Her sixteenth birthday was a few days off.

Her friend Rosie, the tenant of the apartment, was in the tiny bathroom, nude in front of the toilet. Her eyes were open and her lips were pursed. As I recall, at least one of her hands was in a tight fist. It was difficult to process the bathroom scene because there was a a stain on a towel or blanket which the criminalists thought might include a footprint and they did not want to risk unfolding it. I viewed the slaughter from the bathroom door.
Rose was in her twenties, a good deal older than Mandi, a tiny Southeast Asian of remarkable beauty. She had two children but I do not recall where they were staying the  weekend of Rosie's party.
She, too, had been stabbed thirty-three times, the number on Valentine Underwood's basketball jersey. Valentine was a basketball player.

The lead detective on the case had been at a briefing. He arrived in time to offer me a cup of warm black coffee. The reason why he had summoned a deputy d.a. to the scene had to do with evidence preservation. I finished my coffee and returned with him to the scene.  Even though the time of death had been many hours earlier, the room had been kept so cold that the smell of death was faint, subtle, like flowers at a funeral.

"Did you happened to notice the stain on the wall?'
I had. It had been pointed out to me by the criminalist, but it would have been hard to miss.
'The bloody handprint,' I said.
'As I see it, we have two choices: We already have taken photographs of  the print, and if we process the print where it is,  we will take more photos and videotape every stage. The alternative is to remove a section of the wall, do the testing at the lab and preserve the print as a trial exhibit.  But to do that, someone from your office is going to have to request it.'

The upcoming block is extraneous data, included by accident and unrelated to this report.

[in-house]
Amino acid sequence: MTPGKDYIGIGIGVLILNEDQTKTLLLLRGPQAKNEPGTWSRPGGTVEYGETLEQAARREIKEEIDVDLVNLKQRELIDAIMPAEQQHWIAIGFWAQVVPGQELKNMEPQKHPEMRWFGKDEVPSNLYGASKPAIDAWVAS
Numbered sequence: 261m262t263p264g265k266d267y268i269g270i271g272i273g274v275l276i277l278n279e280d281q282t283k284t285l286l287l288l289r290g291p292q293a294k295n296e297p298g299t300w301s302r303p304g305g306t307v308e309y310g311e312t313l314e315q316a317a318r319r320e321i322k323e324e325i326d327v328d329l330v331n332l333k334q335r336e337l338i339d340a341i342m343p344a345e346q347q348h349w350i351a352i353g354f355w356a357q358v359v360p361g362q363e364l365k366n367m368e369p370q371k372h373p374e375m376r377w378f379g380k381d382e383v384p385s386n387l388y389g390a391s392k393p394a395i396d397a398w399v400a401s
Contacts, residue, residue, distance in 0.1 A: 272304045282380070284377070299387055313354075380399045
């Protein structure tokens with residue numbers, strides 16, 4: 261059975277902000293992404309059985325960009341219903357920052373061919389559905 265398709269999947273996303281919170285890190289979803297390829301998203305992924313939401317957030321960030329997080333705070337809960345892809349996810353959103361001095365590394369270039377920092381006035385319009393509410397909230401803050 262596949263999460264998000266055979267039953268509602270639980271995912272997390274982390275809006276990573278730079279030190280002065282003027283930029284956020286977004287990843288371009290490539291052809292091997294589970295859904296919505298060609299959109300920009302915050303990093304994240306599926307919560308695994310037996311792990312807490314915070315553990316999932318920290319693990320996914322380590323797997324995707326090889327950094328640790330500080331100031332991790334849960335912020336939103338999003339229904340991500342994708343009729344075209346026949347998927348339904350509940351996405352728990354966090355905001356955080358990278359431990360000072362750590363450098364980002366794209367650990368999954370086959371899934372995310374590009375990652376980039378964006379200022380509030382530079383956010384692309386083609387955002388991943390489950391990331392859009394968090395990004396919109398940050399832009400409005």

It didn't call anyone above my pay grade and I did not hesitate. For me, the decision was a no brainer. The room was ruined anyway. The carpet was saturated.  There were blood spatters everywhere. Hanging a new section of dry wall would be a minor item. A hung jury and retrial would cost the county more than compensating the owner for the entire apartment complex.The only salient question was whether a jury would  be as convinced by an expert with a videotape and photographs as opposed to one with a laser pointer and a bloody hand print preserved on drywall for jurors  to see and examine in the deliberation room.
'Take the wall,' I said.
Those words of mine were memorialized on an episode of The Prosecutors. I have a copy of the director's cut on a useless old VCR in a cabinet in the same room where I am writing this post.
The immortal words of Linda Root: "Take the bloody wall."

Afterthoughts, Vents and Procedural Notes: